Tu Mercado, the natural foods/retail market with its L’Atelier coffee bar, gelateria and deli, is another place where USD opted to use authentic equipment. Mallié looked to Italian suppliers for the gelateria items, purchasing a “real gelato machine that turns the mix at a different speed than ice cream machines, for a smoother texture,” Mallié says. A cold-stone surface for blending gelato with mix-ins and an Italian gelato display case round out this popular offering.

L’Atelier’s juice bar section features juicing machines imported from Spain. “The secret to the best fresh-squeezed orange juice is to make sure you crush only the pulp, and not the skin,” says Mallié , who examined many juicers before settling on the Spanish unit.

Other notable equipment anchoring Tu Mercado includes hot and cold display cases for to-go food and a hoodless speed oven for heating deli sandwiches.

LEED By Example

Less obvious to customers are the Pavilion and Mercado’s many environmentally friendly elements that helped add points to attain a LEED Gold rating for the building. In addition to spec’ing Energy Star-approved cooking equipment as much as possible, sustainable highlights include a back-of-house food “digester,” smart front-of-house materials choices and use of natural lighting. 

Back in the dishroom area is a food-scrap “digester” system made by BioHitech. The system prevents food scraps—up to 200 lbs. per day—from entering the waste stream. (It also reduces work injuries by taking weight out of full waste containers.) The unit liquefies food waste by churning it with a mix of wood chips and microorganisms. The waste liquid is usually disposed of through the sewer system, and USD is looking into ways of using the nutrient-rich effluent on its gardens.

“The vast majority of food scraps comes from dinner, which features ‘unlimited access’ dining,” Mallié says. “There’s considerably less waste after breakfast and lunch, where items are individually priced.”

As for sustainable materials, both the Pavilion and Tu Mercado use plenty. “The counters are fabricated from recycled materials with high pre- and post-consumer content, and the floor in Tu Mercado is stained concrete, so no use of solvents, VOFs, glues or formaldehyde,” Goldman says. “There’s also a great reliance on reusable dishes rather than waste-generating paper and plastic.”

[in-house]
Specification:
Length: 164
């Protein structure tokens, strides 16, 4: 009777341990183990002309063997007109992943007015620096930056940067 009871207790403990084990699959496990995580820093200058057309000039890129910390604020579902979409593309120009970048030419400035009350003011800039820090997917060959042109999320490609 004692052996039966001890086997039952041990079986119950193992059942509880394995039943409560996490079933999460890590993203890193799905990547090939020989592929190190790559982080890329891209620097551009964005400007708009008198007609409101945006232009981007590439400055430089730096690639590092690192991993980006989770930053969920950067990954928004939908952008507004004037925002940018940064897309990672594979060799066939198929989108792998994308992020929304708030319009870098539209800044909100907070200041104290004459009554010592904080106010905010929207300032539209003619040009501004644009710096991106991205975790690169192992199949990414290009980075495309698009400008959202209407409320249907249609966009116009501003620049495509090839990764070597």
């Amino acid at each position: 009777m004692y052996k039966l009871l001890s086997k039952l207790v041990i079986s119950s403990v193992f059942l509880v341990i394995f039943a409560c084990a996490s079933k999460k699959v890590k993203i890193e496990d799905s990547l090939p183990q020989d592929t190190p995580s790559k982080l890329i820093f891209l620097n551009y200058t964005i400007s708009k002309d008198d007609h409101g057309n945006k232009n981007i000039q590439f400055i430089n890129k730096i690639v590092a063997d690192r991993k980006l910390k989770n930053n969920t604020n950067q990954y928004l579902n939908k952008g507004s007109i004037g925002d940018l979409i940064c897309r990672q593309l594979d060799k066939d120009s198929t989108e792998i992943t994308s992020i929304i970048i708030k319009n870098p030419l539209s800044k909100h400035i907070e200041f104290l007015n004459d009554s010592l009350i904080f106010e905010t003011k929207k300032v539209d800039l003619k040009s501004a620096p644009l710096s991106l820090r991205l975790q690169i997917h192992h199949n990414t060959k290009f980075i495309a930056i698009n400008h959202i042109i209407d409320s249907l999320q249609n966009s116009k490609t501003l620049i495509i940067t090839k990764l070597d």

Maximum use of natural light saves on energy costs. “The dining hall is surrounded by double-height arched windows that bring daylight deep into the room, which is in turn reflected into the servery and open kitchens,” Goldman says.

In addition, glass partitions between servery and dining area let light flow freely as well as letting nearby diners watch pizza cooks work.

The bulk of lights use fluorescent bulbs supplemented by halogen for more appealing food appearance.

Tu Mercado also scores sustainability points for its product offerings, which include fresh fruit and vegetables purchased from local farmers, grocery shelves stocked with organic and natural foods, biodegradable paper products and household supplies, plus fair trade coffee and teas, to name a few.

Looking Ahead

With the completion of the Pavilion and Tu Mercado, Mallié is already working on his next project of creating a new division. Hospitality Service will enhance the guest experience of national and international conference groups. “We hope to redefine banquets, catering and service standards to attract groups from all over the world to the USD campus,” Mallié says. 

AVERAGE FACILITY SIZE: Pavilion dining, 12,500 sq. ft.; Tu Mercado, 8,000 sq. ft.

AVERAGE NUMBER OF SEATS: 550 in Pavilion Dining; 200 in Tu Mercado

FF&E PACKAGE: FF&E Package: $1.8 million for furnishings and fixtures; $1.5 million for equipment

KEY DESIGN PARTNERS: Kevin Hom & Andrew Goldman (design architects and architects of record); Mosher Drew Watson Ferguson (associate architects); Clevenger Frable LaVallee (equipment)